<< Art.on.Wires | Home | Research vacancy at UNU-IIST on "EAE — Engineering Accountable Ensembles" >>

Accelerando / Postsingular

Recently I've picked up two books on the singularity, that is, when (technological) advances make predictions about the future no longer possible.

The first one is Charles Stross's Accelerando (The Atrocity Archives, Halting State, definitely stuff for geeks). Stross's books sometimes leave the impression that he chose a list of buzz words from computer science and technology, and then works hard to tick them off. But still, he pulls off amazing plots and twists. His Merchant Princes series is less hilarious, but even more improbable. Accelerando seems to combine those traits, and takes you on an intergalactic journey at relativistic speed and back again. Throw in a good measure of cloning, and three generations of yourself come to a family dinner.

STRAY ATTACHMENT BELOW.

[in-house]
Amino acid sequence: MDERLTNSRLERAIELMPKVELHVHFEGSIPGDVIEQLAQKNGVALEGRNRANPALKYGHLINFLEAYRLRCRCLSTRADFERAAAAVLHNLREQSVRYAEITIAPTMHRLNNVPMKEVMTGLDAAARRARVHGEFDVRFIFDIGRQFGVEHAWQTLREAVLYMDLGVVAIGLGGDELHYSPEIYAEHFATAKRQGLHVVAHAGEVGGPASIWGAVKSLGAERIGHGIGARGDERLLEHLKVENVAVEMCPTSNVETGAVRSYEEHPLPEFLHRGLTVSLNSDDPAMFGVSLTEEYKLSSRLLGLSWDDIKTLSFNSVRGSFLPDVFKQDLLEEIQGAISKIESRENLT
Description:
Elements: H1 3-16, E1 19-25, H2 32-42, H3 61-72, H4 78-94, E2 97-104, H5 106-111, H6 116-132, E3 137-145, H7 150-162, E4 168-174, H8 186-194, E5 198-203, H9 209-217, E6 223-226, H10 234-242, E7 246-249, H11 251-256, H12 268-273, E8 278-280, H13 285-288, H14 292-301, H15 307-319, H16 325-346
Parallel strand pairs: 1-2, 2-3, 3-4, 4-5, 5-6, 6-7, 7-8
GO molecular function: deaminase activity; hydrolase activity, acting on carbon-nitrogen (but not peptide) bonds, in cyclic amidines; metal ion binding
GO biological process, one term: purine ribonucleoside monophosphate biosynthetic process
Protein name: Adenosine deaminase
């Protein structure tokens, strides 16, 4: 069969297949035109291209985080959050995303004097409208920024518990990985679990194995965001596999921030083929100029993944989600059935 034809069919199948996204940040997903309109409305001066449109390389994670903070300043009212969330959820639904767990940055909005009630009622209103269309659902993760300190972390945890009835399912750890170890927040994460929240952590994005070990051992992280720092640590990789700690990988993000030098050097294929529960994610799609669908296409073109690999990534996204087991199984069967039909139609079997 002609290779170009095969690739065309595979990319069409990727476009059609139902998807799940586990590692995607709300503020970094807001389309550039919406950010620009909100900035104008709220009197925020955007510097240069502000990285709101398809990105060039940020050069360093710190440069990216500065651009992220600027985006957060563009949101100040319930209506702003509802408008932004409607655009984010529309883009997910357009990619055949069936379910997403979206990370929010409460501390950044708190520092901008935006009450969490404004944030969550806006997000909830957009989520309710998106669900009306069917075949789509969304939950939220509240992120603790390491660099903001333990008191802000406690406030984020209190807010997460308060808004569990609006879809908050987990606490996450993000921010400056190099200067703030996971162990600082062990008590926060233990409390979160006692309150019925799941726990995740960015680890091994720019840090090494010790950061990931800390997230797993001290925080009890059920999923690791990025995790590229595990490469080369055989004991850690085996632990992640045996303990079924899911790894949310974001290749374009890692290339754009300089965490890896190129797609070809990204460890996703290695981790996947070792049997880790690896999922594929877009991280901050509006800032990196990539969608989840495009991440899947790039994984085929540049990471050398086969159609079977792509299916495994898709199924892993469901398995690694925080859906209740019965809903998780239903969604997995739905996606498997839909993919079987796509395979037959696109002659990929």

Rudy Rucker, Ph.D., and comp sci buff, shines with invented words and outrageous, mind-bending plots. Ever wondered what would happen if entities from another dimension would bring instantaneous wireless communication to our world, wearing the layer separating us thin? That kind of plot. Postsingular has Earth eaten up by nanomachines and spat out again in the first few pages, and then gathers up speed.

For both authors, these two stories pose the problem of predicting the by definition unpredictable, a task that is necessarily bound to fail. But hey, you're welcome to take a stab at it! Given their tendency to colourful plots and inventions, having to do it at an exponential rate takes its toll on the reader. While I enjoy their stimulating ideas, at some point digesting their concoction turns into quite a bit of work. Fortunately a much more pleasant one than having to do it for completeness.

Both books are probably not the best ones to start with, if you're not already a fan of Stross and Rucker. Both have antics beyond SciFi: Stross is an avid blogger with actually interesting stuff; Rucker turned painter Pieter Bruegel's life into fiction and designed computer programs.

Tags : ,

Add a comment Send a TrackBack